Is there one type of RFID that works better than others?
It depends on what you are trying to achieve. If you are collecting tolls, most transportation agencies employ active RFID technology to ensure that tags can be read 100 percent of the time. Because an active tag broadcasts a signal, it is easier to capture the serial number of a transponder mounted on a windshield.
More recently, some toll-collection agencies have been introducing passive ultrahigh-frequency (UHF) systems (see RFID Puts Salt Lake City Drivers in the Fast Lane and Efforts to Aid Adoption of ISO 18000-6C RFID for Toll Collection Move Forward). Passive UHF transponders have improved a great deal during the past few years, so they can be read more consistently than they could, say, five years ago. The advantage of a passive UHF system is that the transponder is less expensive and does not need to be replaced when the battery dies.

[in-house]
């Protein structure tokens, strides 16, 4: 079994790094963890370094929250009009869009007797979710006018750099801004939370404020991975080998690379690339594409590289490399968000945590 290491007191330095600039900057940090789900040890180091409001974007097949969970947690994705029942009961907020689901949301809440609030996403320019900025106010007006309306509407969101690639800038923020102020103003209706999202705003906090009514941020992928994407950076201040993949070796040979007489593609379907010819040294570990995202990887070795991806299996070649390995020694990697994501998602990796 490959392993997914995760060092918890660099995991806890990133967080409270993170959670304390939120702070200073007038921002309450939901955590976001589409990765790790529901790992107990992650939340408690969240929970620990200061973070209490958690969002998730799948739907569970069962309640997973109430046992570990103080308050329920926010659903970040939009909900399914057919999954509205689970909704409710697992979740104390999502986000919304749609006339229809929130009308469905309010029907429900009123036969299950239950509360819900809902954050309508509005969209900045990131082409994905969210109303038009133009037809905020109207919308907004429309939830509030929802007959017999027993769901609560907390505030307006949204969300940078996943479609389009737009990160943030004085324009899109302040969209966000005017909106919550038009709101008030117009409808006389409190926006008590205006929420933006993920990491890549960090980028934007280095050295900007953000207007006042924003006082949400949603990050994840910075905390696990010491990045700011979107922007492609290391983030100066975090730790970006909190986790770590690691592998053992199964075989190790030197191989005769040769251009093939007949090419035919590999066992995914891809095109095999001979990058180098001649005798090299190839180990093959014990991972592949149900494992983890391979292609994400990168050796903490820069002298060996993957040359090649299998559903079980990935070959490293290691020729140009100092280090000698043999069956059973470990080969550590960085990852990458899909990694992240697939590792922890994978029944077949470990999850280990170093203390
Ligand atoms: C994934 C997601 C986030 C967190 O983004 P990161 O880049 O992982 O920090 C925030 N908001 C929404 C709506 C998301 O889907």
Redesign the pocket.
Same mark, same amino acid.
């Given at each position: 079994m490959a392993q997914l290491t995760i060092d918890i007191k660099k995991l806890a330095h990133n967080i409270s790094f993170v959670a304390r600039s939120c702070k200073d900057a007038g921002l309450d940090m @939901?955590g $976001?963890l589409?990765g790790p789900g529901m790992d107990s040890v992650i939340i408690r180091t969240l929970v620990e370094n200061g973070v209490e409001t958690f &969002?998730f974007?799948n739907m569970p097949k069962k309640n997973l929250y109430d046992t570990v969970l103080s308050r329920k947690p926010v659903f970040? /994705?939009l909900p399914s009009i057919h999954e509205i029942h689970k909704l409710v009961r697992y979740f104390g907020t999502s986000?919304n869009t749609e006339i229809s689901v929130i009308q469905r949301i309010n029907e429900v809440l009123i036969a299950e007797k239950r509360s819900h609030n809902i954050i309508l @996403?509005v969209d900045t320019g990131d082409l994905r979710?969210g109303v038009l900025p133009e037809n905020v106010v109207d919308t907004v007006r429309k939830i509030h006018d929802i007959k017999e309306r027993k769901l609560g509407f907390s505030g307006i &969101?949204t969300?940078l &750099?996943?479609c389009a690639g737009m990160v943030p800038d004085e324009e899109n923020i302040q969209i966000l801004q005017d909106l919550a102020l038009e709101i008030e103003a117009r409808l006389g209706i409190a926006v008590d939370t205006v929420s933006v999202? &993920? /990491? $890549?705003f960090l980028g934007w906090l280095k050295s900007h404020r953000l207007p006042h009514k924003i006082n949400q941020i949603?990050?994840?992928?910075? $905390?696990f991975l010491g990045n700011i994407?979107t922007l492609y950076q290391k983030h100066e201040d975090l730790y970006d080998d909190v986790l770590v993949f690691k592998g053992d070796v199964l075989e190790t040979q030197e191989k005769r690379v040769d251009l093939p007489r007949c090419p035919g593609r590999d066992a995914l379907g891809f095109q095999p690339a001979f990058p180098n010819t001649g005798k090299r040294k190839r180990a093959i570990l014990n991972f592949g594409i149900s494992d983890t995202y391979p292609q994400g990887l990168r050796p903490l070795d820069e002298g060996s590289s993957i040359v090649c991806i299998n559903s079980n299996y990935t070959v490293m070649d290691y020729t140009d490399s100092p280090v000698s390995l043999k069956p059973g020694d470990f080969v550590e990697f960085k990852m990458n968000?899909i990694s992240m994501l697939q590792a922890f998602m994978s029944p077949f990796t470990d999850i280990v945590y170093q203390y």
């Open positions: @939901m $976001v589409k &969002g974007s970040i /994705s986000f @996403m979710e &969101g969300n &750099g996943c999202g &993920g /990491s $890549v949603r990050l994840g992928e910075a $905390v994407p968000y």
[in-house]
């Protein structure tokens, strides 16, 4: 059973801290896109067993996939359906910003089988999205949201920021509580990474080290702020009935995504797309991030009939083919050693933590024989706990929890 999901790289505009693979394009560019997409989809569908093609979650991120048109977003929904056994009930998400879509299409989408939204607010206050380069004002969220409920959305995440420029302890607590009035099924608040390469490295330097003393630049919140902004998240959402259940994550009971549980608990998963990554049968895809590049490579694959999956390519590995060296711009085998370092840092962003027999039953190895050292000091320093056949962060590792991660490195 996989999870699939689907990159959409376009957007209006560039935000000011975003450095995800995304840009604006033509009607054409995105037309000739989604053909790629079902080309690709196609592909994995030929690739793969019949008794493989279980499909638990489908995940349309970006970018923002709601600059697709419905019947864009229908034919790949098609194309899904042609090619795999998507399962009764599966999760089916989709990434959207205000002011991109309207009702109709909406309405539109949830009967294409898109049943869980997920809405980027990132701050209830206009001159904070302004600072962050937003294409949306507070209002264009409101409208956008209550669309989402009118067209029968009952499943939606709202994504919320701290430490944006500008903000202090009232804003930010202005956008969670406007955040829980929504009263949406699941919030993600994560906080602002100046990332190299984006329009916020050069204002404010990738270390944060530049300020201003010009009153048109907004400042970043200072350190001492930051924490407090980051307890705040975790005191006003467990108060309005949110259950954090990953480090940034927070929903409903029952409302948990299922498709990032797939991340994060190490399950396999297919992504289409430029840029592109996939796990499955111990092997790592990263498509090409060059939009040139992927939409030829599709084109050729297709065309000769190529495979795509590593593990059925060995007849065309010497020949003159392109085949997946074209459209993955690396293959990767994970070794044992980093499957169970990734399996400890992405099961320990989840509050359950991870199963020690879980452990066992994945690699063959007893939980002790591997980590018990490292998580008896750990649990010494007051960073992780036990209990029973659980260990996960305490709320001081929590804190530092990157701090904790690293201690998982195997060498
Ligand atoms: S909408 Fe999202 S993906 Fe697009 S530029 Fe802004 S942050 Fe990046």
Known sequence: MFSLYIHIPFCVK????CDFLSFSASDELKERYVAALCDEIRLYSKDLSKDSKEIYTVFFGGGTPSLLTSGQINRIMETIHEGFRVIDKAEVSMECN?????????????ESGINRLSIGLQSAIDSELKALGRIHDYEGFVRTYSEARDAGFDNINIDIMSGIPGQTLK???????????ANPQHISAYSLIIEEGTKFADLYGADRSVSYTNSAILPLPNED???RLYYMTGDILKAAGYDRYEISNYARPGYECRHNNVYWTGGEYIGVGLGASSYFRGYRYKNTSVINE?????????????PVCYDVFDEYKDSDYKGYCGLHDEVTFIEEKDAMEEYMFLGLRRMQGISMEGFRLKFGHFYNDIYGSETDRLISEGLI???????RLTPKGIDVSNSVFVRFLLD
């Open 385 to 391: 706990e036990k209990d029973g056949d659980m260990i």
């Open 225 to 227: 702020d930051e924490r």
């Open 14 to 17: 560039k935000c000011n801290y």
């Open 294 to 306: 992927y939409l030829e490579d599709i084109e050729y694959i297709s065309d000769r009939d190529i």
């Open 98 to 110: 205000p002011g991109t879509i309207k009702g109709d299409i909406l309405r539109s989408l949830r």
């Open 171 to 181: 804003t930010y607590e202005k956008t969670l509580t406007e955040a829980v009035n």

If you are seeking to use RFID to monitor the conditions of bridges, you will likely require active RFID technology. Researchers in South Korea have developed a system to monitor corrosion (see Wireless Sensors Monitor Troubled Bridges).
—Mark Roberti, Founder and Editor, RFID Journal
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